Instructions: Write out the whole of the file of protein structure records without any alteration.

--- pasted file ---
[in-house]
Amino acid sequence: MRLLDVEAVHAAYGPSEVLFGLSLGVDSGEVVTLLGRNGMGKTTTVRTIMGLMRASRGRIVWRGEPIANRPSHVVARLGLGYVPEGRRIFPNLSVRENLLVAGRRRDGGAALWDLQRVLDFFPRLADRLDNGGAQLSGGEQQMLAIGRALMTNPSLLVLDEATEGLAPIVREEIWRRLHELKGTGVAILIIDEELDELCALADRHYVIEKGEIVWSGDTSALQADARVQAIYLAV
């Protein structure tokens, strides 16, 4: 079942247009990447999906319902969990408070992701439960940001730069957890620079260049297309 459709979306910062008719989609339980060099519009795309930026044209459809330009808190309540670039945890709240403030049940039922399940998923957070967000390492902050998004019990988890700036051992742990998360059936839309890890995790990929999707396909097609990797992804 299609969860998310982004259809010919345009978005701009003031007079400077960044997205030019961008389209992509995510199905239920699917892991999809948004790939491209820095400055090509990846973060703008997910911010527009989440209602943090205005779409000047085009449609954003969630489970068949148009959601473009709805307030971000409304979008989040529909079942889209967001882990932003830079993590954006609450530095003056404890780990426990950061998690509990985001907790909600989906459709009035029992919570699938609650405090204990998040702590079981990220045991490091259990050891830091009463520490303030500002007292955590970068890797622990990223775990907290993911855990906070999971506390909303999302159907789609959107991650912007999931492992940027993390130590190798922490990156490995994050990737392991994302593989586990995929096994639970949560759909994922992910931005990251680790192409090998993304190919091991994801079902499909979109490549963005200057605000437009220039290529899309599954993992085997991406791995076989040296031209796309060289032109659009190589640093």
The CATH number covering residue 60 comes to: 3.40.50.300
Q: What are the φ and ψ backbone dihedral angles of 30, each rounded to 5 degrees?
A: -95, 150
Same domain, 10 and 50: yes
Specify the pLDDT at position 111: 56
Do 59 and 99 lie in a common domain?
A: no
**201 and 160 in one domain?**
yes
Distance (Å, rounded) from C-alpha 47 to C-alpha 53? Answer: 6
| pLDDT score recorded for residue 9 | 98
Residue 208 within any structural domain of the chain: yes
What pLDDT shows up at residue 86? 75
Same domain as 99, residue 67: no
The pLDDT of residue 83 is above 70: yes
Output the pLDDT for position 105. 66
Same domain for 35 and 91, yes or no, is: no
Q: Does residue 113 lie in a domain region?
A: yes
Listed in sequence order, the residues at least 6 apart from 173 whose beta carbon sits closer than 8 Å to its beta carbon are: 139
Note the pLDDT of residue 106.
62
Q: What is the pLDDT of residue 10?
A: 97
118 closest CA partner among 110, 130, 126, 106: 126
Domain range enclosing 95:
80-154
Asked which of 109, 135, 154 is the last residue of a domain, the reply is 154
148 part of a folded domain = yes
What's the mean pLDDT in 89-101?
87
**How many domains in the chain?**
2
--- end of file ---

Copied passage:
[in-house]
Amino acid sequence: MRLLDVEAVHAAYGPSEVLFGLSLGVDSGEVVTLLGRNGMGKTTTVRTIMGLMRASRGRIVWRGEPIANRPSHVVARLGLGYVPEGRRIFPNLSVRENLLVAGRRRDGGAALWDLQRVLDFFPRLADRLDNGGAQLSGGEQQMLAIGRALMTNPSLLVLDEATEGLAPIVREEIWRRLHELKGTGVAILIIDEELDELCALADRHYVIEKGEIVWSGDTSALQADARVQAIYLAV
């Protein structure tokens, strides 16, 4: 079942247009990447999906319902969990408070992701439960940001730069957890620079260049297309 459709979306910062008719989609339980060099519009795309930026044209459809330009808190309540670039945890709240403030049940039922399940998923957070967000390492902050998004019990988890700036051992742990998360059936839309890890995790990929999707396909097609990797992804 299609969860998310982004259809010919345009978005701009003031007079400077960044997205030019961008389209992509995510199905239920699917892991999809948004790939491209820095400055090509990846973060703008997910911010527009989440209602943090205005779409000047085009449609954003969630489970068949148009959601473009709805307030971000409304979008989040529909079942889209967001882990932003830079993590954006609450530095003056404890780990426990950061998690509990985001907790909600989906459709009035029992919570699938609650405090204990998040702590079981990220045991490091259990050891830091009463520490303030500002007292955590970068890797622990990223775990907290993911855990906070999971506390909303999302159907789609959107991650912007999931492992940027993390130590190798922490990156490995994050990737392991994302593989586990995929096994639970949560759909994922992910931005990251680790192409090998993304190919091991994801079902499909979109490549963005200057605000437009220039290529899309599954993992085997991406791995076989040296031209796309060289032109659009190589640093």
The CATH number covering residue 60 comes to: 3.40.50.300
Q: What are the φ and ψ backbone dihedral angles of 30, each rounded to 5 degrees?
A: -95, 150
Same domain, 10 and 50: yes
Specify the pLDDT at position 111: 56
Do 59 and 99 lie in a common domain?
A: no
**201 and 160 in one domain?**
yes
Distance (Å, rounded) from C-alpha 47 to C-alpha 53? Answer: 6
| pLDDT score recorded for residue 9 | 98
Residue 208 within any structural domain of the chain: yes
What pLDDT shows up at residue 86? 75
Same domain as 99, residue 67: no
The pLDDT of residue 83 is above 70: yes
Output the pLDDT for position 105. 66
Same domain for 35 and 91, yes or no, is: no
Q: Does residue 113 lie in a domain region?
A: yes
Listed in sequence order, the residues at least 6 apart from 173 whose beta carbon sits closer than 8 Å to its beta carbon are: 139
Note the pLDDT of residue 106.
62
Q: What is the pLDDT of residue 10?
A: 97
118 closest CA partner among 110, 130, 126, 106: 126
Domain range enclosing 95:
80-154
Asked which of 109, 135, 154 is the last residue of a domain, the reply is 154
148 part of a folded domain = yes
What's the mean pLDDT in 89-101?
87
**How many domains in the chain?**
2